SLIDE 9 WHAT IS ROHYPNOL?

    Rohypnol is the brand name for a drug called flunitrazepam, which is a powerful sedative that depresses the central nervous system. Rohypnol is not legally available for prescription in the United States, but is legal in 60 countries worldwide for treatment of insomnia.

SLIDE 10 WHAT DOES IT LOOK LIKE?

Rohypnol is a small white tablet with no taste or odor when dissolved in a drink. It is frequently

    used in combination with alcohol and other drugs and when it is used with alcohol can produce disinhibition and amnesia. Sometimes taken to enhance a heroin high, or to mellow or ease the experience of coming down from a cocaine or crack high.

    3

    Club Drugs

    SLIDE 11 HOW IT APPEARS

SLIDE 12 SOME SHORT-TERM EFFECTS

    The drug creates a sleepy, relaxed, and drunk feeling that lasts two to eight hours. Other effects may include blackouts with a compete loss of memory, dizziness and disorientation, nausea, difficulty with motor movements and speaking.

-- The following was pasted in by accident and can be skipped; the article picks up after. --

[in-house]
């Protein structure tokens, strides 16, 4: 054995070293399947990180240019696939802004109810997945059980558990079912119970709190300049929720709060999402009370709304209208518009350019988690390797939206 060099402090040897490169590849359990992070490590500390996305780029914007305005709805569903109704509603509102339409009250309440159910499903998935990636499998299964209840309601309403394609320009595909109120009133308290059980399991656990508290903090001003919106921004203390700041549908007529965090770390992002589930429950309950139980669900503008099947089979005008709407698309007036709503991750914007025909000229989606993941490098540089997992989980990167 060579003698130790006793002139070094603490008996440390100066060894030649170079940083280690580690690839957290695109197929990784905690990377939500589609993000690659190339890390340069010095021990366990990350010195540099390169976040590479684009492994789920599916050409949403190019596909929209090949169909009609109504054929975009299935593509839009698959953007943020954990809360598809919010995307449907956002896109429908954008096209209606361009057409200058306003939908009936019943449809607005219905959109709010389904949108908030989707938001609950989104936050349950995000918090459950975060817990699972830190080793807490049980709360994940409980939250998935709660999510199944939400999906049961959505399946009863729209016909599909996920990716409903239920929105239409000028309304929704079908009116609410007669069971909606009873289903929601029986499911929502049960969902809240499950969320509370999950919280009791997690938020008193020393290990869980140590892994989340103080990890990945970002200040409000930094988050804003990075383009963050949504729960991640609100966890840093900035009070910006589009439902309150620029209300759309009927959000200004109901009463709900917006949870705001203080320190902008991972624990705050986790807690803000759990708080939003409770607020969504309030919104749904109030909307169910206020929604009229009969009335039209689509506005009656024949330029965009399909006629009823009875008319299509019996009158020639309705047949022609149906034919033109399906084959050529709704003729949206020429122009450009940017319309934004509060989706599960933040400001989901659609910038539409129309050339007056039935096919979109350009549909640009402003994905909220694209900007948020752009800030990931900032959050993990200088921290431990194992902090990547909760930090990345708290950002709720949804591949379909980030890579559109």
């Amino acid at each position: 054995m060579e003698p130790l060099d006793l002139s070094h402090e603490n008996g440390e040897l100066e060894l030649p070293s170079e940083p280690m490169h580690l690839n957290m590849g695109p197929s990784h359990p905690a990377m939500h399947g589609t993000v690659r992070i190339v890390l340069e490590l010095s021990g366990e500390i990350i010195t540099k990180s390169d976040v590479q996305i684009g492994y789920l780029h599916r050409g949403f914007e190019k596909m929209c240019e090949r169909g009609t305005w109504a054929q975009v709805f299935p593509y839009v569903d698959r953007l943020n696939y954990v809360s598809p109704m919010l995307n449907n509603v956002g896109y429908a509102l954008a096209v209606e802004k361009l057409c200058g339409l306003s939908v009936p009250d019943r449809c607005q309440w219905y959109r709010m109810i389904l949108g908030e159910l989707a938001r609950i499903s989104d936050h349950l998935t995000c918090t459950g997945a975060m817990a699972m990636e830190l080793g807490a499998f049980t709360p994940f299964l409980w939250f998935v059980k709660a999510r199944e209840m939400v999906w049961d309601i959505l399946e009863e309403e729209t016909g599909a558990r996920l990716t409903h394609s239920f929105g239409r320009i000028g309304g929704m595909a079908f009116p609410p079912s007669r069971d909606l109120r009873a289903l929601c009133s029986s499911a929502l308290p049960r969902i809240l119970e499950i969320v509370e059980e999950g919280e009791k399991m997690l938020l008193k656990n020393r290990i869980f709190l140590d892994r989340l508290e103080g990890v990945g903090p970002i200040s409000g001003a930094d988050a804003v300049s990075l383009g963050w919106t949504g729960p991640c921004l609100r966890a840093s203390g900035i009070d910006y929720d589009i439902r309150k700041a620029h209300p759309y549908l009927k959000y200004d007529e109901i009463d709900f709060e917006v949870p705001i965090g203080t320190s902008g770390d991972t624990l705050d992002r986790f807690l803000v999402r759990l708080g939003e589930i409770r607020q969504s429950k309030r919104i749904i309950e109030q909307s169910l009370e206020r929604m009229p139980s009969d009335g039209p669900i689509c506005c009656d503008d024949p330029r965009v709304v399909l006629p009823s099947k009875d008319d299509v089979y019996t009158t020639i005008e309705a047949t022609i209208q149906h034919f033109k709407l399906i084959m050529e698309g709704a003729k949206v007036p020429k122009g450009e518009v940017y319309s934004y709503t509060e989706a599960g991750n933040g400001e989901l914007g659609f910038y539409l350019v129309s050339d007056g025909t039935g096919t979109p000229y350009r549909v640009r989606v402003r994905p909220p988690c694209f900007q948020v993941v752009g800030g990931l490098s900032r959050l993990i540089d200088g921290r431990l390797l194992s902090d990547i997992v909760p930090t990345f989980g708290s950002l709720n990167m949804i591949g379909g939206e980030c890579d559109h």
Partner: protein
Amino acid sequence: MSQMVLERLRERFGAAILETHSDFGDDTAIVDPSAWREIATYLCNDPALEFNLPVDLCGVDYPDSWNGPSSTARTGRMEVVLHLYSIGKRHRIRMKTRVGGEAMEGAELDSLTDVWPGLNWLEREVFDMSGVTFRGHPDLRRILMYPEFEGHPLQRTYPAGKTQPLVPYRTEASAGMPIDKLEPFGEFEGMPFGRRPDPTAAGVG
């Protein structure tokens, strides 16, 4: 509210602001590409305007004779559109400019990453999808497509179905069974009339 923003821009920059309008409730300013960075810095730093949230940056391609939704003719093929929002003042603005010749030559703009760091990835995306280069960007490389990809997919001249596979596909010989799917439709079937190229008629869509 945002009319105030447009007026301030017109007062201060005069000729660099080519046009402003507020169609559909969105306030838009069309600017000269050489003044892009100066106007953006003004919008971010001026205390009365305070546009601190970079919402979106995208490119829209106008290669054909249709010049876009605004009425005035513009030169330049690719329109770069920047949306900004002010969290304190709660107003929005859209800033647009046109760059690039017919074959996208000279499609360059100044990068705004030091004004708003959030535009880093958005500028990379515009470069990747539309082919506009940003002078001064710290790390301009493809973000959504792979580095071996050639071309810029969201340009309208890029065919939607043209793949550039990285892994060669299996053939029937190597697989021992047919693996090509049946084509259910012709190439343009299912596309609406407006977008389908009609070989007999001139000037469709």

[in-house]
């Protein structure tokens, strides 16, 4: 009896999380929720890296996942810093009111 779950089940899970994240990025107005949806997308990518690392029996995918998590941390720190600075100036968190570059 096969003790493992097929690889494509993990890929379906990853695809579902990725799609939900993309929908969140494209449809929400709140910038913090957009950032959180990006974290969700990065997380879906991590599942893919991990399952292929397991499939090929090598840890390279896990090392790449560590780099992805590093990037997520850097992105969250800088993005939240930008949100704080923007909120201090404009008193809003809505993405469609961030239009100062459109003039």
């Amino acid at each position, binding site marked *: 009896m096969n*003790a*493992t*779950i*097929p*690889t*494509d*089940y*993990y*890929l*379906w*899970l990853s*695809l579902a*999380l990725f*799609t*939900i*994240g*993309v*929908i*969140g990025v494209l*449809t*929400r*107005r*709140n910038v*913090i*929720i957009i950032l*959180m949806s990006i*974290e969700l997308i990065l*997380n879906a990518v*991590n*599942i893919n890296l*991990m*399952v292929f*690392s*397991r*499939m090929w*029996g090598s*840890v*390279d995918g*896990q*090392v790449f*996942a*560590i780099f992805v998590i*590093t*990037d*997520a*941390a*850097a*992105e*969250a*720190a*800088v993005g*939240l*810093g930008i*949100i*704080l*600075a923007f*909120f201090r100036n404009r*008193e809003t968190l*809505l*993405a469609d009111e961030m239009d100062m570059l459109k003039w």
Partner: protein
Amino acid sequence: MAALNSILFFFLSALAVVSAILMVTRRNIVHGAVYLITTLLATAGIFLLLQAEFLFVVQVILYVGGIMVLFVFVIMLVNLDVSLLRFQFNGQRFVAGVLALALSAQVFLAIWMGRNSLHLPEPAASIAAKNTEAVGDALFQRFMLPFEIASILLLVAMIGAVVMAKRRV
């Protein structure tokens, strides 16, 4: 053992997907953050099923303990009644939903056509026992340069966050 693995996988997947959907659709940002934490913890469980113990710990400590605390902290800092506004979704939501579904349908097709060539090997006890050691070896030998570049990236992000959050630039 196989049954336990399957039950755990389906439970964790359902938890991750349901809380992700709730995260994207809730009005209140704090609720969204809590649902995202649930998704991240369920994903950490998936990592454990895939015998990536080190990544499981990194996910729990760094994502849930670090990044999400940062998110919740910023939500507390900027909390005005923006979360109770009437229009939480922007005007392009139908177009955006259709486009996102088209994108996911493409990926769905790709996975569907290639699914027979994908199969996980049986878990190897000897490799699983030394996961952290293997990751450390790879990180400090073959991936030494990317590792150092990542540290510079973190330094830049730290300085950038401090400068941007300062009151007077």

SLIDE 13 SOME LONG-TERM EFFECTS

Rohypnol can produce physical and psychological dependence.

SLIDE 14 WHAT IS THE DEA FEDERAL CLASSIFICATION SCHEDULE FOR

    ROHYPNOL?

    Rohypnol is listed as a DEA Federal Classification Schedule IV drug, which is based on amount in possession and previous offenses.

SLIDE 15 WHAT IS KETAMINE?

    Ketamine is a dissociative anesthetic developed in 1963 to replace PCP. Its chemical structure and mechanism of action are similar to those of PCP. It is currently used in human anesthesia and veterinary medicine. Much of the ketamine sold on the street has been diverted from veterinarian offices.

SLIDE 16 HOW IS IT USED?

    Ketamine can be snorted or swallowed and is odorless and tasteless. It can be added to beverages without being detected. It is sometimes given to unsuspecting victims and can induce amnesia. It is used in sexual assaults and referred to as “date rape” drug.